An Introduction to Stem Courses and Careers Through a Brief Historical Narrative of the Tuskegee Movable School

An Introduction to Stem Courses and Careers Through a Brief Historical Narrative of the Tuskegee Movable School

Movable School

The Tuskegee Movable School (c) 1920s

What an auspicious occasion! I have been published in the esteemed Black History Bulletin.   You will find my article entitled “An Introduction to Stem Course and Careers Through a Brief Historical Narrative of the Tuskegee Movable School.” My article discusses students situating themselves in Science, Technology, Engineering, and Math majors through the lens of history and identifying with historical figures.  You may read the abstract here,

“How do students view history and science? Do students see history and science as disparate and distinct or connected and dependent? Further, do students see themselves in said history and science? It is paramount in today’s educational climate that students gain an inclusive, culturally diverse, and connected view of history and science as America places a new focus on study and careers in Science, Technology, Engineering, and Math (STEM).”

I am very humbled yet excited about this recognition of my research and the opportunity to be published in a Peer Reviewed journal! I also encourage you to learn more about the Black History Bulletin and Association for the Study of African American Life and History.   Helen R. Houston provides us this succinct description in the Encyclopedia of African American Education,

“The Negro History Bulletin was founded in October 1937 at the urging of Mary McLeod Bethune, president of the Association for the Study of Negro Life (later to be known as the Association for the Study of African American Life and History [ASALH]). It was the brainchild of Carter G. Woodson, often called the “father of Black history,” who had created the ASALH in 1915 to promote African American history. The last issue of the Negro History Bulletin was published in 2000, but it continues as the Black History Bulletin.”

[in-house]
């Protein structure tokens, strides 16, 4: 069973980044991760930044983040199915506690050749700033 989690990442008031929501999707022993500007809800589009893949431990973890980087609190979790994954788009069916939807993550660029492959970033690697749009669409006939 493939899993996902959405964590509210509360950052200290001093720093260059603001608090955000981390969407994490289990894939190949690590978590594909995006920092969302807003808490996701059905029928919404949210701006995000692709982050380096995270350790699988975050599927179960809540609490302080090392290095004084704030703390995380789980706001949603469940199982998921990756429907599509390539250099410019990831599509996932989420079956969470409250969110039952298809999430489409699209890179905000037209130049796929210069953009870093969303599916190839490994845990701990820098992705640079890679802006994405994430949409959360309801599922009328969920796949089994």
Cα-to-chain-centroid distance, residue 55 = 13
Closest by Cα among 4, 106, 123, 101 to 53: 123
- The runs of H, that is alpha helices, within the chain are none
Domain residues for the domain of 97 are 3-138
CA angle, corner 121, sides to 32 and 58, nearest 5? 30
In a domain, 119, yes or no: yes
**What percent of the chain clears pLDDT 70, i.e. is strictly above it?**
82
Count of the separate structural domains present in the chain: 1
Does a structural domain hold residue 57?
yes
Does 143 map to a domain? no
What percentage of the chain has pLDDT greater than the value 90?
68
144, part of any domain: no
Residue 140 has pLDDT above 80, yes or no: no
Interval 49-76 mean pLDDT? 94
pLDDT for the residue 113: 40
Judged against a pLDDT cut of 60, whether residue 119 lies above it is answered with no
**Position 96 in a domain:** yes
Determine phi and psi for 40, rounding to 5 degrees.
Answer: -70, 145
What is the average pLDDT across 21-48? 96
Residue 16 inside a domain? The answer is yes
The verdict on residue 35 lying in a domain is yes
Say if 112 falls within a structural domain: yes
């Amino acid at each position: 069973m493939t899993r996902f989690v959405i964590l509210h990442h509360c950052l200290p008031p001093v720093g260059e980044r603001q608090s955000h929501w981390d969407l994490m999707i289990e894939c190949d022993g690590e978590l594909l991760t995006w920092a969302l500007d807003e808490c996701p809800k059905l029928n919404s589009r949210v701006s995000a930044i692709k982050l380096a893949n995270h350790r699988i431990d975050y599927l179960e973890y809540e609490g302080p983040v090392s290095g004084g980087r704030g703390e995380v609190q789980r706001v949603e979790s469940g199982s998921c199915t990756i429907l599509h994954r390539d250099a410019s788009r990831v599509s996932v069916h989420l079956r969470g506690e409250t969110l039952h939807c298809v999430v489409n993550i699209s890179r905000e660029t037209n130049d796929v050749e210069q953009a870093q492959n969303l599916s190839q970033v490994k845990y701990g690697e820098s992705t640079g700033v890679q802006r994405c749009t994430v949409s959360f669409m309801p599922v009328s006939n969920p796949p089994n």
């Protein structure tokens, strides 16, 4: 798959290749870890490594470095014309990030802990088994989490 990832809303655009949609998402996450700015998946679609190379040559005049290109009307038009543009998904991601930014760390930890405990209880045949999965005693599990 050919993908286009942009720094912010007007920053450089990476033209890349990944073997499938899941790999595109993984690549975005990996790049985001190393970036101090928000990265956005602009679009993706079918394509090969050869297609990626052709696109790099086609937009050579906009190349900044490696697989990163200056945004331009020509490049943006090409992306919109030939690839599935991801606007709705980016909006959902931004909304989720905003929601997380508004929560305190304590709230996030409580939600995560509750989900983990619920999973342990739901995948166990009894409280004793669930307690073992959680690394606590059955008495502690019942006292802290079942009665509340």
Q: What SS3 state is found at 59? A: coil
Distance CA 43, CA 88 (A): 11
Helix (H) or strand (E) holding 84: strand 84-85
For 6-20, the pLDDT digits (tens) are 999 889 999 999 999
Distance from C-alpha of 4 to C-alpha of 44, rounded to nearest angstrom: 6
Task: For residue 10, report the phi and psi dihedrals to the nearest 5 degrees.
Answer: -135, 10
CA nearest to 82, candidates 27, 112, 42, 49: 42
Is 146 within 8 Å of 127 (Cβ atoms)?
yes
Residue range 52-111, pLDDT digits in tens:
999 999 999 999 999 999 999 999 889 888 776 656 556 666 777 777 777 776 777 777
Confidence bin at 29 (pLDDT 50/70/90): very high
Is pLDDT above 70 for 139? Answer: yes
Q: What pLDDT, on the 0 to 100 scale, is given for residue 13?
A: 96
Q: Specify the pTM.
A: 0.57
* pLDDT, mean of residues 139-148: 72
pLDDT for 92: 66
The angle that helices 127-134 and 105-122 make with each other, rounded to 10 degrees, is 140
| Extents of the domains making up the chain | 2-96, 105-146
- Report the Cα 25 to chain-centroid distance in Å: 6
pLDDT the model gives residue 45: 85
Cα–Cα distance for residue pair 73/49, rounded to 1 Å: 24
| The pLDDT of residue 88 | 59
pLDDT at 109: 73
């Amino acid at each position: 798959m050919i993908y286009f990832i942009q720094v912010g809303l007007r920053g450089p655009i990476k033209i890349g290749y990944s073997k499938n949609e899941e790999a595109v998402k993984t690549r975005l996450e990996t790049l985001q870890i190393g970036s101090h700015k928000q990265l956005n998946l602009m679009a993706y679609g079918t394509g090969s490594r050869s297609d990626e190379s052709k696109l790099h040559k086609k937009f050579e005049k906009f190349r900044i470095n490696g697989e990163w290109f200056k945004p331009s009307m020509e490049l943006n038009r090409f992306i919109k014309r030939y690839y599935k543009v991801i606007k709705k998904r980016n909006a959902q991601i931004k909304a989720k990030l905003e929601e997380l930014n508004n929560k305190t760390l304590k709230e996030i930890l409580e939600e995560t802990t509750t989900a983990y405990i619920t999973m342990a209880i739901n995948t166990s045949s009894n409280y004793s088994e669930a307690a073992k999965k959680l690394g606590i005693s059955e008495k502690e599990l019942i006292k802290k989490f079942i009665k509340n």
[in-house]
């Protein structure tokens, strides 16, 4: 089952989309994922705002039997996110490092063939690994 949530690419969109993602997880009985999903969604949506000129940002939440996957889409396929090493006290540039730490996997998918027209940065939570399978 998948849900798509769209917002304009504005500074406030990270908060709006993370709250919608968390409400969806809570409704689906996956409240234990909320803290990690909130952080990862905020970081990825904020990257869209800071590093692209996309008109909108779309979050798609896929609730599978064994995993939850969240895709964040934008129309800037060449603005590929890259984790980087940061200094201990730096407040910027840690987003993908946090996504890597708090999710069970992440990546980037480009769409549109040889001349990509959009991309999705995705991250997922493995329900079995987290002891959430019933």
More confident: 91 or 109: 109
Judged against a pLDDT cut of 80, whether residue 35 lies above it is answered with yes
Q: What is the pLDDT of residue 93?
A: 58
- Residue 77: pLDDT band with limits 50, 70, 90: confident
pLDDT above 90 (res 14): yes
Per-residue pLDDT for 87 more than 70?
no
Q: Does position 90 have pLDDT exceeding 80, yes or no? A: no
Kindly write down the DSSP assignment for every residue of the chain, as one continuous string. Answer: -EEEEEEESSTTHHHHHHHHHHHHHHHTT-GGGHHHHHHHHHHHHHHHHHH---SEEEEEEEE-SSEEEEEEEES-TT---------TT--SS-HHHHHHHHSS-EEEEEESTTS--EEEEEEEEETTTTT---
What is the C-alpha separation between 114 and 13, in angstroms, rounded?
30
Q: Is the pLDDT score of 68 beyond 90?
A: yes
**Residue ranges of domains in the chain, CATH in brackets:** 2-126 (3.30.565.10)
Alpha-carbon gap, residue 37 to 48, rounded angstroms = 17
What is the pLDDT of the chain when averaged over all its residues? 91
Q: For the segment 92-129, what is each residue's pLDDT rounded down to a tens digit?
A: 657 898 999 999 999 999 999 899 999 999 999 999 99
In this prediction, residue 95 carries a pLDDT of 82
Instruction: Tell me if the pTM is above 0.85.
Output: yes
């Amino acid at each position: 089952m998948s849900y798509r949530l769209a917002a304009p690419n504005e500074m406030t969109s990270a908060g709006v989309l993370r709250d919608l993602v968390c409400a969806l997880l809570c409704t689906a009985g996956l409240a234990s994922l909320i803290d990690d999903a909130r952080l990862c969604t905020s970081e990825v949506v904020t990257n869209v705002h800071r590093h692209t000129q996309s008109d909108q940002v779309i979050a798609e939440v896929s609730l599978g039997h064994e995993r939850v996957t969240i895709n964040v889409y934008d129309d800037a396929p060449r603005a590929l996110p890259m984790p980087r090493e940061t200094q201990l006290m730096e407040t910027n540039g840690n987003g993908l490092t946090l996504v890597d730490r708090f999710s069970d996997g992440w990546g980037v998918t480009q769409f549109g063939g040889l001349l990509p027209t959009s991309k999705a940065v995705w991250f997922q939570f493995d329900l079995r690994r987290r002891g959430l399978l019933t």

Onward!!!

Carter G. Woodson

Carter Godwin Woodson (December 19, 1875 – April 3, 1950)[1] was an African-American historian, author, journalist and the founder of the Association for the Study of African American Life and History. Woodson was one of the first scholars to study African-American history. A founder of Journal of Negro History, Woodson has been cited as the father of black history.[2]

Mary Jane McLeod Bethune (July 10, 1875 – May 18, 1955) was an American educator and civil rights leader best known for starting a school for African-American students in Daytona Beach, Florida, that eventually became Bethune-Cookman University and for being an advisor to President Franklin D. Roosevelt.

Mary Jane McLeod Bethune (July 10, 1875 – May 18, 1955) was an American educator and civil rights leader best known for starting a school for African-American students in Daytona Beach, Florida, that eventually became Bethune-Cookman University and for being an advisor to President Franklin D. Roosevelt.

 

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